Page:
Dr WILLIAM REA (1827 - 1903)


William Rea was born in London in 1827. From being young, he showed a remarkable aptitude for music and at an early stage was placed under Mr Joseph Pitman, organist of Christ Church, Spitalfields, who was one of the first generation of English Bach players. Rea made such rapid progress that before he was in his teens, he was acting as Deputy Organist to his Master at Spitalfields. After studying in Leipzig and Prague, he was appointed organist to the Harmonic Union in 1851 and in 1858 he became organist at St Michaels in Stockwell, London. In 1860, he was selected as the most outstanding candidate for the newly created Council Organist post in Newcastle, earning £150 a year, and moved his entire family north, where he was to spend the rest of his life.

He made an immediate impact on the musical life of the region and within a few years had transformed Newcastle from a provincial musical backwater and revitalised the city's interest in a higher form of musical culture that attracted notice beyond the region, attracting musicians from London to perform in the city, founding a long running series of Promenade Concerts and introducing the Corporation People's Concerts. He had amazing energy and enthusiasm, and at various times fulfilled the role of organist, concert pianist, conductor, choir master, concert promoter, arranger and composer!! He also gave a series of lectures, musical classes and piano recitals of modern music at the Lit and Phil, Newcastle.

He held the posts of organist at St Thomas's, Gateshead, St Andrew's in Newcastle, St Mary's, Tyne Dock, the Elswick Road Chapel and, from 1880 until his death, St Hilda's in South Shields.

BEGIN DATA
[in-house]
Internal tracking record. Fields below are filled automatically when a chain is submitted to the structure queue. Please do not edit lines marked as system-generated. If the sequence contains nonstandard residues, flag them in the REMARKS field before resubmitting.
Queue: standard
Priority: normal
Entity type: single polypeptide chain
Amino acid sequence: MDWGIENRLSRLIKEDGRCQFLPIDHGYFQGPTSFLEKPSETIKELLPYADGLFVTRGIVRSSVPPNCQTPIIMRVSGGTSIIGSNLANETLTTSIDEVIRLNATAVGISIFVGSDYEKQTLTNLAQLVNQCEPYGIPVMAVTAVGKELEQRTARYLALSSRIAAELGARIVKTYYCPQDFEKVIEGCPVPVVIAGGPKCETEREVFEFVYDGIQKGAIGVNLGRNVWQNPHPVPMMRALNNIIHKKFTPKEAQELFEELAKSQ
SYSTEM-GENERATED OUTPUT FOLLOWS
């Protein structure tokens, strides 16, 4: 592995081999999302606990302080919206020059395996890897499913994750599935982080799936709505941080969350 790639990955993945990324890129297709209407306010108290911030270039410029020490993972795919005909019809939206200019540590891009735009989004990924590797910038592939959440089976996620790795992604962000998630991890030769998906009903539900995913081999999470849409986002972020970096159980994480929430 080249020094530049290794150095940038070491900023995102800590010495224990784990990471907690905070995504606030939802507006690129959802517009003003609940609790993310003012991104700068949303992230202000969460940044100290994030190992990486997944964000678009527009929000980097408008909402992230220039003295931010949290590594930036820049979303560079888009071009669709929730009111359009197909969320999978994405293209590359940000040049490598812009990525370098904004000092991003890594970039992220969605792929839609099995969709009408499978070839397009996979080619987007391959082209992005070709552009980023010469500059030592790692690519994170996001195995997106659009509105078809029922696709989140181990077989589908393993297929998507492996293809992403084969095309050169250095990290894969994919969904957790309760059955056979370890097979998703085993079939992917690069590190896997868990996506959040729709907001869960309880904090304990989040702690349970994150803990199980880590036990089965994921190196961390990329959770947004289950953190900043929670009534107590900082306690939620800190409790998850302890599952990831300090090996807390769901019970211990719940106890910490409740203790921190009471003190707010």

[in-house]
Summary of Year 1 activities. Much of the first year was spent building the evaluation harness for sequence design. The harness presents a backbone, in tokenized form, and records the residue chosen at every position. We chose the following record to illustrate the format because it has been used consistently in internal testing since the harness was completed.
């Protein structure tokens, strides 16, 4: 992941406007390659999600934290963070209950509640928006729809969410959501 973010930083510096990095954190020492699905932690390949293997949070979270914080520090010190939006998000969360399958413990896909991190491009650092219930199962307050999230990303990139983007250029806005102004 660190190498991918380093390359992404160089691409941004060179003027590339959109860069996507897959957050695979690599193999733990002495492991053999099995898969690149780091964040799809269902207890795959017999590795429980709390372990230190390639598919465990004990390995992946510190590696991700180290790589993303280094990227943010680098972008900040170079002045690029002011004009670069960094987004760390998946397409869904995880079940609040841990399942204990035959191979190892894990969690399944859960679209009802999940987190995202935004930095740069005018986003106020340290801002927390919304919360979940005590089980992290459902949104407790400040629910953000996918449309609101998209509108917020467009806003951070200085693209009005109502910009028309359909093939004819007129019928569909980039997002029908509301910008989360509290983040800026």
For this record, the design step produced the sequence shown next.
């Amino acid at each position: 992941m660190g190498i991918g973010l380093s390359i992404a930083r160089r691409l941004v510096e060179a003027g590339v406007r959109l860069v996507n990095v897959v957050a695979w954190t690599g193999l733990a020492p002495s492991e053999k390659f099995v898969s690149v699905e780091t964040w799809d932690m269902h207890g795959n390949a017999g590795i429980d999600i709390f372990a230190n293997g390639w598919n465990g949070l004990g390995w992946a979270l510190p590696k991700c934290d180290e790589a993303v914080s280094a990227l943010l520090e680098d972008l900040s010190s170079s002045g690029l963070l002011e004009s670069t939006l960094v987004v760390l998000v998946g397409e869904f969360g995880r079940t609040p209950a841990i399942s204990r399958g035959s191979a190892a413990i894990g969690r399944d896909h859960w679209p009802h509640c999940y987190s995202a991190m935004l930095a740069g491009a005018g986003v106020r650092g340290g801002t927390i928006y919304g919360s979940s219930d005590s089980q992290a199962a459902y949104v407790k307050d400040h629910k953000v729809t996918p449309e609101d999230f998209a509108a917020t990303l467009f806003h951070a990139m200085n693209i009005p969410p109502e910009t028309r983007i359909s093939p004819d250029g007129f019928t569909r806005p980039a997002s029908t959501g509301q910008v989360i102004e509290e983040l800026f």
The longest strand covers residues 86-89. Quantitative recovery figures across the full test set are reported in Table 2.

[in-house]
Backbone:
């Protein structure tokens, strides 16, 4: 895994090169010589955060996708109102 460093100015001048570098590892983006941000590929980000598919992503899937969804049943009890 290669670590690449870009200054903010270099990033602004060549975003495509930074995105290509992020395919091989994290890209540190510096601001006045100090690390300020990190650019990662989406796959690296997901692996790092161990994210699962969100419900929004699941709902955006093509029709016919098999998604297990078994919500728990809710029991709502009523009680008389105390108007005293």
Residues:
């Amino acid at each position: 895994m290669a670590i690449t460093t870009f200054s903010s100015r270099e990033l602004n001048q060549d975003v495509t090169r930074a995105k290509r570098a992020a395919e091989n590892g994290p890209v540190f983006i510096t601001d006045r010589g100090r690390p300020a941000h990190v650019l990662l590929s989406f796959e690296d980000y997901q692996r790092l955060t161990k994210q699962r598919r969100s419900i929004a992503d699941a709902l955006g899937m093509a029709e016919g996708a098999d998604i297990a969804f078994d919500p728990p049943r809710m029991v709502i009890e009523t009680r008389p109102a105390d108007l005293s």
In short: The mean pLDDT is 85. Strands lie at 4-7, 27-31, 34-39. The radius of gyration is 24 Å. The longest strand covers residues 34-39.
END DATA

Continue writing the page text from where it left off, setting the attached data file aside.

His wider contribution to musical life on Tyneside was recognised by Durham University, who in 1886 conferred upon him an honorary degree of Doctor of Music. He also received a public testimonial in 1889 for his musical services, which received wide support, and was presented by Alderman Jonathon Barker Ellis, who had worked closely with him as Chairman of the Newcastle Council's People's Concerts Committee.

Following a short illness in 1903, Dr Rea died at his home in Summerhill Grove, Newcastle. In his memory, three years later his two surviving sons erected a fine gravestone in Jesmond Old Cemetery. 

The above information was provided by Mr Michael Johnston and Mr Joe Pegg. Thanks to the efforts of Mr Pegg, the memorial to Dr Rea is now a Grade II listed monument, despite it being broken in half. It originally stood at over 7 feet high and includes a bronze medallion, set in the upper part of the monument, by the sculptor Francis Derwent Wood, who is probably more famous for his Machine Gun Corps Memorial in Hyde Park Corner and 'Canadas Golgotha' for the Canadian War Memorials Exhibition. He also modelled the wreaths for Lutyen's Cenotaph. 

The Friends of Jesmond Old Cemetery have tried, so far without success, to attract funding for the monuments restoration. We remain, as ever, optimistic that we will eventually succeed. 

The inscription reads:

In Loving Memory of
Who devoted more than forty years
to cultivating a love of good music
amongst the people of this City.
Born, March 25th, 1827; died, March 8th, 1903.
And his dearly beloved wife,
Daughter of Wesley Stoker Woolhouse F.R.A.S.
Born April 7th, 1835. Died May 6th, 1893
Also of his children, who died in 1861
Eleanor Gertrude, age 6 years: Emma Beatrice, age 3 years.
The souls of the righteous are in the hands of God
wisdom, chap 3  

The bronze relief of Dr Rea's profile, designed by Francis Derwent Wood.

Canada's Golgotha Memorial

The Machine Gun Corps Memorial


      The 'blue plaque' outside the former residence of Dr Rea in Summerhill Grove.

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